With the Fort Frances mill at the centre of recent controversy, Unifor has weighed in on the issue–calling on the province to facilitate talks for the successful sale and re-start of the mill.
“Within 450 km of Fort Frances, there have now been 11 permanent mill closures and two partial mill closures in just the last 15 years,” Unifor national representative Stephen Boon told the Times last Thursday.
“There are even more closures east of Nipigon,” he noted.
“In fact, there are only three remaining pulp and paper mills left in all of Northwestern Ontario–Dryden, Thunder Bay, and Terrace Bay.
“The residents of Fort Frances and every mill town should be absolutely outraged that [the province] has failed to step up and take a leadership role in pursuing every possible option to avoid the demolition of the Fort Frances mill when there are viable opportunities to secure the successful sale of the Fort Frances mill and 600 much-needed jobs for the North,” Boon charged.
He listed off the mills permanently or partially closed within 450 km of Fort Frances, including:
•Devlin Timber Sawmill in Kenora–permanently closed;
•Dryden Domtar (Weyerhaeuser) Sawmill–permanently closed;
•Dryden Domtar–two paper machines and converting operations permanently closed;
•Northern Woods Sawmill in Thunder Bay–permanently closed;
•Great West Timber Sawmill in Thunder Bay–permanently closed;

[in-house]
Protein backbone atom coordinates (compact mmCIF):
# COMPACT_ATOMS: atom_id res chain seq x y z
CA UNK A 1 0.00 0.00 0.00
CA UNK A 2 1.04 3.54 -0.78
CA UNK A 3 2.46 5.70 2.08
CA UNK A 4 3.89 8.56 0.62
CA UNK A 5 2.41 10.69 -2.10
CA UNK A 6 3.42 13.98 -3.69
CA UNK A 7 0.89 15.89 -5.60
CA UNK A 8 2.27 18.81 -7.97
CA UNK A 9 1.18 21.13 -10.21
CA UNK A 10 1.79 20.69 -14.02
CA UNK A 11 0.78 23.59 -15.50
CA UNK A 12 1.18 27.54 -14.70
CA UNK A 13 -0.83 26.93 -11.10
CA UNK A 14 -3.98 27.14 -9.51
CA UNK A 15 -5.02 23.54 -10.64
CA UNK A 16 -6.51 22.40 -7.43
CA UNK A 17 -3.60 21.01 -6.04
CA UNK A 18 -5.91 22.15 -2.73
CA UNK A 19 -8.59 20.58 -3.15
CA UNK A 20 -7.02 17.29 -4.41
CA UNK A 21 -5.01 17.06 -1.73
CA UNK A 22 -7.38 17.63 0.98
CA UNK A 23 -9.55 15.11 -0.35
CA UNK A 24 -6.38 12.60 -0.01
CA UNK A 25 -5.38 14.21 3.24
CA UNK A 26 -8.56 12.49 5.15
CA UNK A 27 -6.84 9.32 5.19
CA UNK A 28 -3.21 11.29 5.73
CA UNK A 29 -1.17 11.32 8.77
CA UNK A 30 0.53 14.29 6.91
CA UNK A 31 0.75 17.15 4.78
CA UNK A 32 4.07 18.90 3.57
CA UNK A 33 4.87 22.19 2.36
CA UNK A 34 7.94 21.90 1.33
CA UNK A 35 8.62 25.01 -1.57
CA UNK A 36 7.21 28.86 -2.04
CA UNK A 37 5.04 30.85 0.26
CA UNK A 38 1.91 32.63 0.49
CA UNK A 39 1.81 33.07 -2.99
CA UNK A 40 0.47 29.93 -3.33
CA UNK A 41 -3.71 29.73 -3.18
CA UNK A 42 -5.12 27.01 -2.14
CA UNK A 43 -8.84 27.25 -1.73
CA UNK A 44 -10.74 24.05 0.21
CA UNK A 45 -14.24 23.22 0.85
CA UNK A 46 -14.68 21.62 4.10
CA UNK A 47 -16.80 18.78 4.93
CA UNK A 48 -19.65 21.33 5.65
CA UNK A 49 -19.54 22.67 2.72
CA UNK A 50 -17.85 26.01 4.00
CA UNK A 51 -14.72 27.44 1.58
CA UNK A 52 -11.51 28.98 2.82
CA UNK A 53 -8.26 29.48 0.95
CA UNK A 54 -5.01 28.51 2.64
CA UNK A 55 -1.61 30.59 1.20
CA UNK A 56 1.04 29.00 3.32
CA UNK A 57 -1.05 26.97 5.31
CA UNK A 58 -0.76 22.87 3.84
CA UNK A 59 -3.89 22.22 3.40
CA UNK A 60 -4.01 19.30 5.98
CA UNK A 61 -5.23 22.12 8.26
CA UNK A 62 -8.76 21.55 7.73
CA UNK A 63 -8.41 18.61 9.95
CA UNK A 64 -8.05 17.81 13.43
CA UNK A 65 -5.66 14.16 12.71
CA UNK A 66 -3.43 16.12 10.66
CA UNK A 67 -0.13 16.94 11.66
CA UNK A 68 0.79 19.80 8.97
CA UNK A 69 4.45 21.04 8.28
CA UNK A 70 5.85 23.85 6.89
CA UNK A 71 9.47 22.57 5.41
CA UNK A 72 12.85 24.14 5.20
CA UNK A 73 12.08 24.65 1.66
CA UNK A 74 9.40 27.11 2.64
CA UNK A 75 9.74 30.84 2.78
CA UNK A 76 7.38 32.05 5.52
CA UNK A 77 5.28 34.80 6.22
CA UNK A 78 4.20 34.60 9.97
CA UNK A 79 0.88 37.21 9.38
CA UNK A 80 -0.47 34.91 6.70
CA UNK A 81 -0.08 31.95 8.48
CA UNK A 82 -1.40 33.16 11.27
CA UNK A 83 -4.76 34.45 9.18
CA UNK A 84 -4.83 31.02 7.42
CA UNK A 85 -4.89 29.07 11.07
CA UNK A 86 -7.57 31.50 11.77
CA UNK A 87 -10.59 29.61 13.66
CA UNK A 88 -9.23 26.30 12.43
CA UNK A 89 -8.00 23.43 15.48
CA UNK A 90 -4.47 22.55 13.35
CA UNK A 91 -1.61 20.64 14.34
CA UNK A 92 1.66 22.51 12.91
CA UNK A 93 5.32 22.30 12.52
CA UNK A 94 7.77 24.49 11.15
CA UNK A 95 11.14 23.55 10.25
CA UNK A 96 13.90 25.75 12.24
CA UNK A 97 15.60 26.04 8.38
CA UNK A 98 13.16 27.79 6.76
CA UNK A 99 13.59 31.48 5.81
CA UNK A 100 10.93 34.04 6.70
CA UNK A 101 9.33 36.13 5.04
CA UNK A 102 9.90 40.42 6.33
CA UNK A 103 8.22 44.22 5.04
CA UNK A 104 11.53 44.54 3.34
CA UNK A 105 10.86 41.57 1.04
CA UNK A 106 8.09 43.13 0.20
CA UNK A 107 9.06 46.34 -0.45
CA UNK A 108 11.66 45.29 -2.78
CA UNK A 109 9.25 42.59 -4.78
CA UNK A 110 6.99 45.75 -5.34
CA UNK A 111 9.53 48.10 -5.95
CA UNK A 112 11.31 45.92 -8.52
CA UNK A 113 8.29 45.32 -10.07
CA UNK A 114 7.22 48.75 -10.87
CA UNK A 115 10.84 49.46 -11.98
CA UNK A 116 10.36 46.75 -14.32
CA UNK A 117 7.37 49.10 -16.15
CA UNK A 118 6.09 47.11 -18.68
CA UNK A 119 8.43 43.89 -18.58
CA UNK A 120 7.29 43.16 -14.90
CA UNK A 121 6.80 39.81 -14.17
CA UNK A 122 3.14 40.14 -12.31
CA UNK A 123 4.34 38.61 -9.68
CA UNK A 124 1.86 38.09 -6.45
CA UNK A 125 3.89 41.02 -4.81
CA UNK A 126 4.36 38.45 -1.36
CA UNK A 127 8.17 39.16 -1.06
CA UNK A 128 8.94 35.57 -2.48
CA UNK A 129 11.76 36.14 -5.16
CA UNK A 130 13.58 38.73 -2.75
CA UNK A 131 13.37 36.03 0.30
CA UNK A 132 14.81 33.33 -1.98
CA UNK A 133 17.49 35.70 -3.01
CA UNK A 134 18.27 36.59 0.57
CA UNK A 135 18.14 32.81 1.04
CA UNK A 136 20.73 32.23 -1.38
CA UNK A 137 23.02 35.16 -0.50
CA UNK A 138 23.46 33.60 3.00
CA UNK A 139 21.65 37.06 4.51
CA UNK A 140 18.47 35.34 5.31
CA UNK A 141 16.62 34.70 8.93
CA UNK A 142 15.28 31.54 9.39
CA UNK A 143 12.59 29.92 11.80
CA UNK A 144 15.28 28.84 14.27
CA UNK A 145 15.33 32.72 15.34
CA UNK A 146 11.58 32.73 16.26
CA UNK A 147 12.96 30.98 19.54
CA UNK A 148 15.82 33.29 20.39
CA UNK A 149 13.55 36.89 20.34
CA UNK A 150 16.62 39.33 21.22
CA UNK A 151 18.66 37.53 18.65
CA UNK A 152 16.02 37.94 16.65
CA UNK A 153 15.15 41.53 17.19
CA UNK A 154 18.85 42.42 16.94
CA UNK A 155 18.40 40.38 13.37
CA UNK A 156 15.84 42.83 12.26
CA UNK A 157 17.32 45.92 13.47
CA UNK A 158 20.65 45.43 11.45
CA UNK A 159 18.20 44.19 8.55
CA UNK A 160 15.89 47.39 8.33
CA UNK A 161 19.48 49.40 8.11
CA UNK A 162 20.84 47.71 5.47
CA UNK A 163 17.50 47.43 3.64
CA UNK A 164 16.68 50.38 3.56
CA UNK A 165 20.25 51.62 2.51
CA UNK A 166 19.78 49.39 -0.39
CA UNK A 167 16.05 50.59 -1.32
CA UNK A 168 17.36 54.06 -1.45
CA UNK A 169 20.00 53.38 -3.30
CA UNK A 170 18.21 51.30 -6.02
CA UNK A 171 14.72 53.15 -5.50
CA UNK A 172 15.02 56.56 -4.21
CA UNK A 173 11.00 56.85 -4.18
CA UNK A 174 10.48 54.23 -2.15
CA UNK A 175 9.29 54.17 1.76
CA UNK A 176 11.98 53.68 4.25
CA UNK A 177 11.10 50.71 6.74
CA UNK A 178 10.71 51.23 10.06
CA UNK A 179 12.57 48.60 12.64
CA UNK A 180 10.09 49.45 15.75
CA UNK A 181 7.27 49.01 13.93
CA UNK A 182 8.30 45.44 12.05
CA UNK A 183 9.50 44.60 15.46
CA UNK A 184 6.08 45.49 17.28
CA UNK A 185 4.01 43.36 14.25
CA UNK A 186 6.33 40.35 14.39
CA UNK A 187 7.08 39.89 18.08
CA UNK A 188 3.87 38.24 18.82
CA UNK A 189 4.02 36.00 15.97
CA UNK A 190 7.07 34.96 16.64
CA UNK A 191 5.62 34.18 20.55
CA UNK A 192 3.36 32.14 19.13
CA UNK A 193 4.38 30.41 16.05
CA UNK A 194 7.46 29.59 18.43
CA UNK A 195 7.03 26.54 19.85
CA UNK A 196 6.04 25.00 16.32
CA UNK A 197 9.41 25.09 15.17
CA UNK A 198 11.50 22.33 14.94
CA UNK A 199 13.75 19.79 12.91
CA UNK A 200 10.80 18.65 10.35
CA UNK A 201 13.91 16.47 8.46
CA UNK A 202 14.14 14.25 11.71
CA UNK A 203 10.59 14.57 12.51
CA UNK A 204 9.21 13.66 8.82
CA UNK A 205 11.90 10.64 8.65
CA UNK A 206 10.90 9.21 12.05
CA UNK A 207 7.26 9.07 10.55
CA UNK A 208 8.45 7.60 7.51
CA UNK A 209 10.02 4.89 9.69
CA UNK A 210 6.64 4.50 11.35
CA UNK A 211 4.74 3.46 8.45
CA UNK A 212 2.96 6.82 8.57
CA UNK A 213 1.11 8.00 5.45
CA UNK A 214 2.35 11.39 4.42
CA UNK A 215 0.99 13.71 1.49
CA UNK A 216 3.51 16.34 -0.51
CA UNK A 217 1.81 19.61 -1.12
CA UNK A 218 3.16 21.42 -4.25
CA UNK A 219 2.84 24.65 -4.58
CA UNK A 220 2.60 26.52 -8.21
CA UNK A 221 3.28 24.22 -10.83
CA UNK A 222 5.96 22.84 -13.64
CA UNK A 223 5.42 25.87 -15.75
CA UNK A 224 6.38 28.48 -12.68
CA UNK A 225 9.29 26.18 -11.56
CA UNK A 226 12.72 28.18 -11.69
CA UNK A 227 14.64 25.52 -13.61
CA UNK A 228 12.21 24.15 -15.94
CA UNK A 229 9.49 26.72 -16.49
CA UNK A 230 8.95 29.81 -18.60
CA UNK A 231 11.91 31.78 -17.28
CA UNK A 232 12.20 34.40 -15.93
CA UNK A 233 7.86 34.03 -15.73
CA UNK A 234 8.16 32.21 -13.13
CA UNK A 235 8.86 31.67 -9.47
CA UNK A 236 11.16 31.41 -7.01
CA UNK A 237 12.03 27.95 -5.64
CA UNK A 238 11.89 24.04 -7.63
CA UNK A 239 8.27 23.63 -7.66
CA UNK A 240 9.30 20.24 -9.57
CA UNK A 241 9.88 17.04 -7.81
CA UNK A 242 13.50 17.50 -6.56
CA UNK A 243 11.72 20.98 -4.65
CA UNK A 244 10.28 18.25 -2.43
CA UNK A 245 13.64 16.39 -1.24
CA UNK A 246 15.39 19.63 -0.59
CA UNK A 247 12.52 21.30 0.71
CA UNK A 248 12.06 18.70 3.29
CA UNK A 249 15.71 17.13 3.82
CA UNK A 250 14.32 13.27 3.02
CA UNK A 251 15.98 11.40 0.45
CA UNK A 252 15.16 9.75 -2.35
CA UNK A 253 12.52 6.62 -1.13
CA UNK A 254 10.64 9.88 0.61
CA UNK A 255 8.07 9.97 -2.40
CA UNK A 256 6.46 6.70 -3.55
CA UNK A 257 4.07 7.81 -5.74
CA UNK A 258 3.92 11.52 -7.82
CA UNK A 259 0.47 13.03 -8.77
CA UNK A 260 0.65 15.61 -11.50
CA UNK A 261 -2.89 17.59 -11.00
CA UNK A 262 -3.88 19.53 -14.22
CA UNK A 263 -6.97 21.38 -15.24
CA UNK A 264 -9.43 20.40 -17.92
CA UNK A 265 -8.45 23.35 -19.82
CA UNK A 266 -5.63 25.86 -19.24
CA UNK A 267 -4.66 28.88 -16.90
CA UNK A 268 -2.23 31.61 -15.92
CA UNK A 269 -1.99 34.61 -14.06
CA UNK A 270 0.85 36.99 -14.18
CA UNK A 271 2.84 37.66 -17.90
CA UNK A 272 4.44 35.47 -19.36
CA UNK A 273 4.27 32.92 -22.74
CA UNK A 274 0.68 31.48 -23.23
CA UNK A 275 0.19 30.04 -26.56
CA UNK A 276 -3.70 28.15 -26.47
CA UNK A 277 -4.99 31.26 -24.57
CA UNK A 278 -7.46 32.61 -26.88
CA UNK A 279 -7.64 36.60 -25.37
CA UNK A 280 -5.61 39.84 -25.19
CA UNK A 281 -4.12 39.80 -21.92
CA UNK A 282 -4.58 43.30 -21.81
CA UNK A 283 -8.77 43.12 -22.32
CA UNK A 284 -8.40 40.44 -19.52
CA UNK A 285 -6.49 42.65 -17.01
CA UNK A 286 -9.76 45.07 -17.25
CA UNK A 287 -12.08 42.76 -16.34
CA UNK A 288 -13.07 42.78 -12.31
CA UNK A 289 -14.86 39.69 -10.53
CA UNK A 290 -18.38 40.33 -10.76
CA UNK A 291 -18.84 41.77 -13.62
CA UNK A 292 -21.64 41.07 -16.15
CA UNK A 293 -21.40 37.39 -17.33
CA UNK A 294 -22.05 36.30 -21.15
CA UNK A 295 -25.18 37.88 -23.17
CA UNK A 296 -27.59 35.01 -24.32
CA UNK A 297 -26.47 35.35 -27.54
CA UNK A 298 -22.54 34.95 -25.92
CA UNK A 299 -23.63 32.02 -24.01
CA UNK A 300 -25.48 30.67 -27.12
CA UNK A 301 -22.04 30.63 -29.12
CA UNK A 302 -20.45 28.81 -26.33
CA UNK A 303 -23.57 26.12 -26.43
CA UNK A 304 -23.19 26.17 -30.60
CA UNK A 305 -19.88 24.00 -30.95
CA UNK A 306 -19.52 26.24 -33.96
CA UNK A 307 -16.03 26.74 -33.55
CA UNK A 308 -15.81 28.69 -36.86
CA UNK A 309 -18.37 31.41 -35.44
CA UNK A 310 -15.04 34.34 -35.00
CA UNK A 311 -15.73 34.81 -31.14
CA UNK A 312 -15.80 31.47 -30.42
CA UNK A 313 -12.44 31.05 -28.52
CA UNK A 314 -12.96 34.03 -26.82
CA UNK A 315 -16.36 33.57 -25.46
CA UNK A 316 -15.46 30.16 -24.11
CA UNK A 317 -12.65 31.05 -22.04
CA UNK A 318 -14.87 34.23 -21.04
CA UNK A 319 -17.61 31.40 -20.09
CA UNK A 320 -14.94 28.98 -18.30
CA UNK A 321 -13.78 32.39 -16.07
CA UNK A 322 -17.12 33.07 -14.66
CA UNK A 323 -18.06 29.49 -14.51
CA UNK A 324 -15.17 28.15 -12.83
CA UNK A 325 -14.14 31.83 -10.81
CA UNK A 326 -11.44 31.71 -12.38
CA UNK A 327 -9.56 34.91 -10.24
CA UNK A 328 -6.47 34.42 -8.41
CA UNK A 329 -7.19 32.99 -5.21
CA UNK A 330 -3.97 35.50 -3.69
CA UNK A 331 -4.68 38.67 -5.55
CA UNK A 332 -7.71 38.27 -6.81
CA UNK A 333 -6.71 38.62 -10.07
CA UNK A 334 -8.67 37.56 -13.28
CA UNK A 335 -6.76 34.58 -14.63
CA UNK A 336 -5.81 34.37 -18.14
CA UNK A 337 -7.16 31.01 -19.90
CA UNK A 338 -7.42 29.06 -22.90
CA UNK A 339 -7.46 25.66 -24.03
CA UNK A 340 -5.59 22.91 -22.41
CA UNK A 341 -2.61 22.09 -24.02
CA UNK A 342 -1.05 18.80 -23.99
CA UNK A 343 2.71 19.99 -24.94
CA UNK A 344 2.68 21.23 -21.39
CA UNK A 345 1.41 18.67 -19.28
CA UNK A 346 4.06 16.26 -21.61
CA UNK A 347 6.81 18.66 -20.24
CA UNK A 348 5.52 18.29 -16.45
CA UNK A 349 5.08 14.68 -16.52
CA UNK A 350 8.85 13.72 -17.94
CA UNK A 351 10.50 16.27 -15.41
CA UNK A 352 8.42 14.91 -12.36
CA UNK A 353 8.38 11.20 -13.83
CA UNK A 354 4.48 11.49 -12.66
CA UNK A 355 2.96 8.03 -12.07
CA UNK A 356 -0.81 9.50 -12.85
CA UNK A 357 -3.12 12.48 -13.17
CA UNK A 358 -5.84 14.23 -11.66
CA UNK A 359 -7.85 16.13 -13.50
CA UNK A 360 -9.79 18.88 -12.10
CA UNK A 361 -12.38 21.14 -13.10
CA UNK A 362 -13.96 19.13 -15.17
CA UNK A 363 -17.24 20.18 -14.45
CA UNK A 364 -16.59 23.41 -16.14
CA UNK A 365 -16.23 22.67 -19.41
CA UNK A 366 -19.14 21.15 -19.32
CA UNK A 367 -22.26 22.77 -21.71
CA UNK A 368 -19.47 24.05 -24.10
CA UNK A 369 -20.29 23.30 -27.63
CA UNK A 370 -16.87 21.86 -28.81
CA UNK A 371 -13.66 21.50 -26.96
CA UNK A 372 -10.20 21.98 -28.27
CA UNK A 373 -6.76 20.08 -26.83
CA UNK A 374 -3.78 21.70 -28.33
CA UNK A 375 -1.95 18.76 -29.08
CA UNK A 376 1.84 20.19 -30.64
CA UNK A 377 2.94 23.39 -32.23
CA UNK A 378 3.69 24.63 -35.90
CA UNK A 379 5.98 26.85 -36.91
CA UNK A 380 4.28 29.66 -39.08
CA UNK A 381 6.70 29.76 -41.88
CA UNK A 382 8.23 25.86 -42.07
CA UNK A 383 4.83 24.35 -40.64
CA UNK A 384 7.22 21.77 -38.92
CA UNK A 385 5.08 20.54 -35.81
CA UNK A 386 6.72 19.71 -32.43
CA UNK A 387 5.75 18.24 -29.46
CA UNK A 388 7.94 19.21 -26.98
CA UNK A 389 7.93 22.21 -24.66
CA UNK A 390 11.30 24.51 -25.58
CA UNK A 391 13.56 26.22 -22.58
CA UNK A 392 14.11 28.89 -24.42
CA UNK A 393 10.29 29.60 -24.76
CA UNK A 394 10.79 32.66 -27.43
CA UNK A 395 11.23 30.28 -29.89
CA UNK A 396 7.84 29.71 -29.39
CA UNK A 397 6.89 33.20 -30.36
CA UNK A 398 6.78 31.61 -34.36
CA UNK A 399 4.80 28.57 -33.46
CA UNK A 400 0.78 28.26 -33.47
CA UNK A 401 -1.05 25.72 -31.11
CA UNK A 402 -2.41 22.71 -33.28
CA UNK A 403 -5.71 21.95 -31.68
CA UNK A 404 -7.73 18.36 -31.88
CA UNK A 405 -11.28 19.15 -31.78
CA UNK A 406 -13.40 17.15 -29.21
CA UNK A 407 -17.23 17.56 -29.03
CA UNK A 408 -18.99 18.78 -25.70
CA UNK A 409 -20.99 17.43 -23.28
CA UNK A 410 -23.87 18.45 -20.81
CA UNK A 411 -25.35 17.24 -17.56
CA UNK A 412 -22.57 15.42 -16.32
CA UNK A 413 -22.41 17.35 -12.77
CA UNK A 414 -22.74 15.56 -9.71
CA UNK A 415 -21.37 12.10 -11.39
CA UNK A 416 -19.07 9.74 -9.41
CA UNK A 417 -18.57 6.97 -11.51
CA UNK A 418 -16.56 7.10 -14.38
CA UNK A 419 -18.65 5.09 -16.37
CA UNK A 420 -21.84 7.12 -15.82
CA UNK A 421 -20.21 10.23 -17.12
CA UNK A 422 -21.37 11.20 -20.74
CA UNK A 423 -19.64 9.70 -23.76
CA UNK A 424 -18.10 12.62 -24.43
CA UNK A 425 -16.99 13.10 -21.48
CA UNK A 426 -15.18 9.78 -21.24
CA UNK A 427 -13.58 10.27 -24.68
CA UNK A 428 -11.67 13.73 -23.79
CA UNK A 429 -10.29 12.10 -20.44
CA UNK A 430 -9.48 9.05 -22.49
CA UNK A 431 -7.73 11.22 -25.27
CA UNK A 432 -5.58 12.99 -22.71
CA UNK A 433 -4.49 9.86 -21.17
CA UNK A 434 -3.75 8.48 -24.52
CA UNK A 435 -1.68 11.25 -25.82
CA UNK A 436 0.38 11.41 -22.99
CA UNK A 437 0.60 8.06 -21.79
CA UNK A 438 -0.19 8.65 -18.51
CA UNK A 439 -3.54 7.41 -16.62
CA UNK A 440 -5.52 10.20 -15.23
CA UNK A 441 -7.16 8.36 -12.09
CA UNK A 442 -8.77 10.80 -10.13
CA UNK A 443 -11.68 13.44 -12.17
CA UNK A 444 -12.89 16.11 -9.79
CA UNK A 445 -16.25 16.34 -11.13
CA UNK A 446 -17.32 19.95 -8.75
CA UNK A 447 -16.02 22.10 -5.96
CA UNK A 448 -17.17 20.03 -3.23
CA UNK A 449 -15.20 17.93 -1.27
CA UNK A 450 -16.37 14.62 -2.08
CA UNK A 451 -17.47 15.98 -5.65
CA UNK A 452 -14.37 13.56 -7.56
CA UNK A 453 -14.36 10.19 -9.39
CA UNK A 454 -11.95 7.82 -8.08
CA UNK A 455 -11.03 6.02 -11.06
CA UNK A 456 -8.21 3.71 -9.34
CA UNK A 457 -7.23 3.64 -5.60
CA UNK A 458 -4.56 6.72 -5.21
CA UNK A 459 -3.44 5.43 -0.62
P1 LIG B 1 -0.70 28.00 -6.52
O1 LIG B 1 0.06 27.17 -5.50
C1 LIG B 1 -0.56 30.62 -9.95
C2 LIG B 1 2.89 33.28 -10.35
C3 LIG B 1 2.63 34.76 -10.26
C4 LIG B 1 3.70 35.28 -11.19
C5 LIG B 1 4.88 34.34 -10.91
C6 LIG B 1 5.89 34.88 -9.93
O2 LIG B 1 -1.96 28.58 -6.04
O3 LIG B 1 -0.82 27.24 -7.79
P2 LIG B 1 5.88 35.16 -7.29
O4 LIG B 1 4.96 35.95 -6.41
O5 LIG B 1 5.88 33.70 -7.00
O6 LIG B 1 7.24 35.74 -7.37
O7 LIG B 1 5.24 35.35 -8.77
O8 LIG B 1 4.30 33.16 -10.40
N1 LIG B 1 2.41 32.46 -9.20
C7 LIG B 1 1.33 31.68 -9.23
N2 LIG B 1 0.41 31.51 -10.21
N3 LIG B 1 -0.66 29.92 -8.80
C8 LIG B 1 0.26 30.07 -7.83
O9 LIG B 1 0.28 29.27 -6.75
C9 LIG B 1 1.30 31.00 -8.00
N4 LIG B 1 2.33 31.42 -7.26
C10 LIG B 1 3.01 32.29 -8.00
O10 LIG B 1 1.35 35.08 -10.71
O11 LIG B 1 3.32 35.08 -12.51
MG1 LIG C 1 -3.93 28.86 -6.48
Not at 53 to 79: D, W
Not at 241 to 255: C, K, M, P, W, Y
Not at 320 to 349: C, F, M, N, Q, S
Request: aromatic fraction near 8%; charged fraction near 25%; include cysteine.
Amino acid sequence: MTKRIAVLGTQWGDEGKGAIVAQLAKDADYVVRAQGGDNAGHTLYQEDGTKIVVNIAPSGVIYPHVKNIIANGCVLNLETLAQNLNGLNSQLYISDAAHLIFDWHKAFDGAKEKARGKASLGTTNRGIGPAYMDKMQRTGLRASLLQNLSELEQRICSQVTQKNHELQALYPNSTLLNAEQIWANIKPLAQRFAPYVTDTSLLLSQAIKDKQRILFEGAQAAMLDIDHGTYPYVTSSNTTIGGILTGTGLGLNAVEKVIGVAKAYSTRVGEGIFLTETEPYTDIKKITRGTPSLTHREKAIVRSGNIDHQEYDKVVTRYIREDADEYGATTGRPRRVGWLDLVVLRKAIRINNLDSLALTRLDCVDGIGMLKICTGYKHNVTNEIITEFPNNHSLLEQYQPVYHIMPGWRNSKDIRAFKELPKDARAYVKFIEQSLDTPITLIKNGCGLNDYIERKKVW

•Buchanan Northern Hardwoods Sawmill in Thunder Bay–permanently closed;
•Mackenzie Forest Products Sawmill in Sioux Lookout–indefinitely closed;
•Resolute Forest Products in Kenora (formerly Abitibi)–two paper machines permanently closed;
•Thunder Bay Fine Paper–permanently closed;
•Resolute pulp and paper mill in Thunder Bay–one large kraft machine permanently closed;
•Resolute paper mill in Thunder Bay-Mission Mill (formerly Abitibi)–permanently closed;
•Multiply Forest Products plywood mill in Nipigon–permanently closed;
•Norampac paper mill in Red Rock–permanently closed; and
•Esker Sawmill in Red Lake–permanently closed.
As far as the wood supply issue, Boon said it’s “crystal clear” to Unifor that the MNRF controls the wood in this province and there will no successful sale of any mill without securing an adequate wood supply from the province in which to run.
“Even though the Fort Frances mill closed exactly five years ago, Resolute has continued to take wood off that mill’s limits and apparently wants to maintain this practice for years to come,” Boon noted.
“This is despite the fact that there is abundant unused fibre related to over a dozen mill closures and a Sustainable Forestry Licence (SFL) for the Crossroute Forest that clearly states that ‘the forest resources for harvest pursuant to this licence are to provide a supply of forest resources to the existing forest resources processing facility of the company located at Fort Frances, Ontario,'” he added.
“The province needs to step up to enforce the existing SFL for Fort Frances and finally take a leadership role facilitating talks for the successful sale and re-start of the Fort Frances mill,” Boon stressed.
“The clock is ticking and one of our last big pulp and paper mills and 600 well-paying jobs are on the line.”
Boon said Unifor also commends the work that Mayor June Caul, council and the town have done in standing up for the people of Fort Frances in the fight to secure a potential mill sale and re-start in Fort Frances.
“We can only hope that at some point [the province] steps up and shows the same leadership and drive before this opportunity for 600 well paying jobs in Fort Frances permanently slips away,” he added.